If you’re taking a basic online business course, there’s an exceptionally high chance that you’ll be asked to define your why. Sinek didn’t invent this idea, as we’ve already seen. But his take has become an integral part of how people talk about business.
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What does it mean to ‘start with why?’
In Start with Why, Sinek argues that great leaders leverage a core mission to inspire people to action. “There are leaders and there are those who lead,” he declares. Those who lead focus on something bigger than profit or market share. Those who lead start with why—the principle they build their organization or movement around. Sinek contrasts these people who lead with the executives who manage based on short-term thinking, half measures, and bad assumptions.
Once a leader has settled on their why, they can define how the organization or movement will go about its work. They decide on business strategy and operational principles using the higher purpose of the company as their guide. Finally, the leader channels the why and the how into what the organization or movement does. Only after the higher purpose and strategy have been settled can a great company turn to what it produces. The product is almost an afterthought (“People don’t buy what you do, they buy why you do it.”) Sinek calls this Why-How-What framework the Golden Circle.
Sinek cites Apple, the ur-example of “doing business differently,” to illustrate how the Start With Why
framework process method ideology works:
“[Steve] Jobs gave people a filter, a context, a higher purpose around which to innovate: find existing status-quo industries, those in which companies fight to protect their old-fashioned business models, and challenge them. This is WHY [sic] Apple was founded, it is what Jobs and Wozniak did when they started the company, and it is what Apple's people and products have done ever since.”
It’s worth noting that, in the book’s introduction, Sinek offers a different take on why Apple was founded—suggesting that it was Wozniak’s desire to put power in the hands of the “little man” so he could “take on a corporation.”
Sinek’s use of the phrase “a higher purpose” is telling here. It echoes Drucker’s “indoctrination” and Boltanski and Chiapello’s “spirit of capitalism.” Central to Sinek’s premise is the idea that inspired, mission-driven workers will be more creative and innovative than people simply doing their job. And at least as far as pop organizational psychology is concerned, that is true. But my beef with “inspiring” workers to action is the predictable consequences that workers experience in this paradigm. Before I outline those consequences, let’s examine why working for a why-oriented company is so appealing.
Why is starting with why so appealing?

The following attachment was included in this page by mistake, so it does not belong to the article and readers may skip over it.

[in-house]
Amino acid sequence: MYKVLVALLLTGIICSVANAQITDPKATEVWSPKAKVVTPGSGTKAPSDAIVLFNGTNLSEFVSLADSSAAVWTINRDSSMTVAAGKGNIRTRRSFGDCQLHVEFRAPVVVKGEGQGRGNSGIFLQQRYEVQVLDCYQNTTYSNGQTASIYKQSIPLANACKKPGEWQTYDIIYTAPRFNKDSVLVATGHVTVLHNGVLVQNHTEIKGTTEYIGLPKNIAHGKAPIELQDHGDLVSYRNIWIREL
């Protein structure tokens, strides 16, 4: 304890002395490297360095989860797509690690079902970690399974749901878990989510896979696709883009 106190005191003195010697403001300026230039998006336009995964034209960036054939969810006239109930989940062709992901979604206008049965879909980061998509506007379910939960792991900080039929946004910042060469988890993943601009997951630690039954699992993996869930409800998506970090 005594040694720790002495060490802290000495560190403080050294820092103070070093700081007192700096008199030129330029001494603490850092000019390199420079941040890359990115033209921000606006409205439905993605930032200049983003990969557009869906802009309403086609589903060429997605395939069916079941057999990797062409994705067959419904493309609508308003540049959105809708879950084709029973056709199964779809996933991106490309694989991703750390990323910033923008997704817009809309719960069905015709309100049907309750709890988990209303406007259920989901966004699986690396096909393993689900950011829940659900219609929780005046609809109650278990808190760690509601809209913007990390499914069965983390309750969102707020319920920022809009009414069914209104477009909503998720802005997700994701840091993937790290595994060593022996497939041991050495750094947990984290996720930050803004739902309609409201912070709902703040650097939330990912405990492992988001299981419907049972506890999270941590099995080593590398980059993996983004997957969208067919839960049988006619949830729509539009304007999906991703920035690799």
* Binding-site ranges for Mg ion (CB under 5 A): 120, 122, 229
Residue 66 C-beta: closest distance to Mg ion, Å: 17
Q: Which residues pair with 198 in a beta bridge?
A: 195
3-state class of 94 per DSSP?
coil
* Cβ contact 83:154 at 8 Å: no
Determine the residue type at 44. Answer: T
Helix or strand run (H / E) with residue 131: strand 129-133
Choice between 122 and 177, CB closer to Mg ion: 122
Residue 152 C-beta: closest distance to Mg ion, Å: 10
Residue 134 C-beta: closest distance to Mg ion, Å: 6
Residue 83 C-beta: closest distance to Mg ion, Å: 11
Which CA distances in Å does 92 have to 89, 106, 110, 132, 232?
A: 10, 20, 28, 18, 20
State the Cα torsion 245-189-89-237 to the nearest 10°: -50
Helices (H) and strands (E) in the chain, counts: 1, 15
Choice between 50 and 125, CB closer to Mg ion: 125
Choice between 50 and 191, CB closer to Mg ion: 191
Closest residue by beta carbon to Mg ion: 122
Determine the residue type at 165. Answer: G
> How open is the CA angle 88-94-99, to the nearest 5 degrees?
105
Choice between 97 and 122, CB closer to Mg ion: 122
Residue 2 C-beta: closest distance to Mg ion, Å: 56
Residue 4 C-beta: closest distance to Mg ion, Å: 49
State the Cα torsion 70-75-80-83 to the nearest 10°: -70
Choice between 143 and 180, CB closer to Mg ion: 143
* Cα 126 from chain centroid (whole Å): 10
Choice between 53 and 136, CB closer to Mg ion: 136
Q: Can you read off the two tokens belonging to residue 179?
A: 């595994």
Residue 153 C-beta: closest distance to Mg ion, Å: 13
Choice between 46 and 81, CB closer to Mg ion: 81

Some have called our contemporary social context a “crisis of belonging.”1 Political polarization, addictive devices and apps, the pandemic, suburbanization, wealth inequality, lack of trust in institutions—all of these (and more) contribute to feeling disconnected from one another. We want to belong to something bigger than ourselves. It seems to be a core part of the human experience.
What can bridge the gap? Work, of course.
Today, the job site takes on an almost-sacred character. We talk about family, passion, purpose, and duty—concepts that were once more associated with religious practice and belonging to a congregation or culture. It’s no coincidence that one of Sinek’s three foundational examples of the Start with Why ideology is Rev. Dr. Martin Luther King, Jr.—both a minister and an instigator of social change.
Sinek invokes the example of the Civil Rights movement in 4 different ways throughout the book. A text search reveals “Martin Luther King, Jr” appears 18 times, while “Dr. King” appears 29 times. Sinek’s choice to put King’s legacy next to the successes of Steve Jobs, Bill Gates, and Walt Disney is key. Starting with why is equally applicable, Sinek argues, to commercial enterprise and political struggle.
This has the effect of coloring commercial success with the nobleness of virtuous movement-building.
Sinek invokes the new spirit of capitalism by equivocating the power of strategic social change with the business strategies of billionaires. What makes our current spirit of capitalism different than what came before? First, Bolktanski and Chiapello describe 3 distinct spirits of capitalism. Each is a story—a cultural narrative—about how the individual worker benefits from labor under capitalism. These stories are necessary, explain Boltanski and Chiapello, because otherwise, workers wouldn’t subscribe to the raw deal employers offer them.
The first spirit of capitalism relied on religious conviction to equate hard work in the pursuit of a vocation to living a godly life. This is the paradigm that Max Weber described as a product of the Protestant work ethic. The second spirit of capitalism popularized the Organization Man—the image of a man who got a job, climbed the ranks, and didn’t have to worry about his status in society as long as he stayed loyal to the firm. The second story leverages the desire for stability. Finally, the third spirit of capitalism—catalyzed by the effort to break the labor movement and accelerated by computerization—relies on purpose, passion, and mission to inspire people to work for diminishing benefits.